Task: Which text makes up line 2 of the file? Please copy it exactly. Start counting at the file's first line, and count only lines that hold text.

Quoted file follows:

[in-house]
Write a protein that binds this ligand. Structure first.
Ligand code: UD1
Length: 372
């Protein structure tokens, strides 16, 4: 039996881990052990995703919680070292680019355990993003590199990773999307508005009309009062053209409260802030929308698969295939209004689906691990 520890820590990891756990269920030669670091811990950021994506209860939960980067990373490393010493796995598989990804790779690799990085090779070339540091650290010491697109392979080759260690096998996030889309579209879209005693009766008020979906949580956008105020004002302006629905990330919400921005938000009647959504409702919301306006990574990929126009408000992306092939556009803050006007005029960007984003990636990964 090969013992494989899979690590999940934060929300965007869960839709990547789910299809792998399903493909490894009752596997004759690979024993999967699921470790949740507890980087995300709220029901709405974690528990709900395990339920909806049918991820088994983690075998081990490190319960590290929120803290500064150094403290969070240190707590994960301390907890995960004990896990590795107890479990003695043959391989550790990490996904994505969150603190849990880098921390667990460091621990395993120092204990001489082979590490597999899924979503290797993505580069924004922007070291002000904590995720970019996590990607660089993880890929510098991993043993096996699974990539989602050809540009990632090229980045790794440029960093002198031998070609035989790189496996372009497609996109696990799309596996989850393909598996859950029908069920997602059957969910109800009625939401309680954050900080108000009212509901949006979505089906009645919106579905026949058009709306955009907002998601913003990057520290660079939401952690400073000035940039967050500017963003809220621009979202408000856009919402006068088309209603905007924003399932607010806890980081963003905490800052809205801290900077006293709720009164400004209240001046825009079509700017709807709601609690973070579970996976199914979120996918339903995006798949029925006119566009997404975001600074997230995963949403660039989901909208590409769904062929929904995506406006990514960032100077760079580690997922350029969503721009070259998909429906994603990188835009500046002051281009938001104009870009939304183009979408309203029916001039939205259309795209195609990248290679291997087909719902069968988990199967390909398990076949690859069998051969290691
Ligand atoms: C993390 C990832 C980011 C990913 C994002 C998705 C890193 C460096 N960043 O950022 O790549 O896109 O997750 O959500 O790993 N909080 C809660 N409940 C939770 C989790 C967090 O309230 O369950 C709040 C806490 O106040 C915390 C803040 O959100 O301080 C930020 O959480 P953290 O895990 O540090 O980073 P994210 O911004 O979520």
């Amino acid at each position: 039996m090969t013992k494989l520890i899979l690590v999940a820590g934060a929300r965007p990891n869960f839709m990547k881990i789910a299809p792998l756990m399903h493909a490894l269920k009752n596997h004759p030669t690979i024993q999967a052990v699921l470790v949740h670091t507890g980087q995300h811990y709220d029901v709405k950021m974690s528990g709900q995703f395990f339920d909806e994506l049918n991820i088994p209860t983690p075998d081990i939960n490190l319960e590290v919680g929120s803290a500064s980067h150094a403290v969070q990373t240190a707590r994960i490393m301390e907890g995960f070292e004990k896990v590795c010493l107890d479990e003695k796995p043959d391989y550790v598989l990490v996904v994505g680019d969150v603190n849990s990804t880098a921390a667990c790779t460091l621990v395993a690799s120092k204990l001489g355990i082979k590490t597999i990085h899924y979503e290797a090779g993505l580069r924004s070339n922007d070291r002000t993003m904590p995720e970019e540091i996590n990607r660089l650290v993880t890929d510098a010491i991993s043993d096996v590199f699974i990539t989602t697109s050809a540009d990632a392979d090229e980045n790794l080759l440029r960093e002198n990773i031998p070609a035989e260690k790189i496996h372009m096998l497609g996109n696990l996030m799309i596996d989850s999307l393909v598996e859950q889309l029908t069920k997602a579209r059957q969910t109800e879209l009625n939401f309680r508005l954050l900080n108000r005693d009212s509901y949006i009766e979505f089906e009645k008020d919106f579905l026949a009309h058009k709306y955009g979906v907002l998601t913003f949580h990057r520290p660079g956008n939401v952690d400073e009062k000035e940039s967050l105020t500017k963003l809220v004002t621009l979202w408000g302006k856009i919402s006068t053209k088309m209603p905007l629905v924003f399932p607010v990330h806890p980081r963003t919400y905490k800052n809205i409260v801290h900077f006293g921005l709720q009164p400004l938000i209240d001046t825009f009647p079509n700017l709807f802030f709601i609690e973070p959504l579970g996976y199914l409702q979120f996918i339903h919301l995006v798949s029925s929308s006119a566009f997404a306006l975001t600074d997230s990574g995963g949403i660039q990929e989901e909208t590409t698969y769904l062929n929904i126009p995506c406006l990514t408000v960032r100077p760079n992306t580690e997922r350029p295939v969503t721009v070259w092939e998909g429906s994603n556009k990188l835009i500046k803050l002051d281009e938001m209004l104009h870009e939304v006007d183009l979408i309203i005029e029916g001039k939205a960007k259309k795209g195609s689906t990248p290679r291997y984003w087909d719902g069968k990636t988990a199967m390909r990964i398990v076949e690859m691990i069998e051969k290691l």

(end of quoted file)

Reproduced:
Write a protein that binds this ligand. Structure first.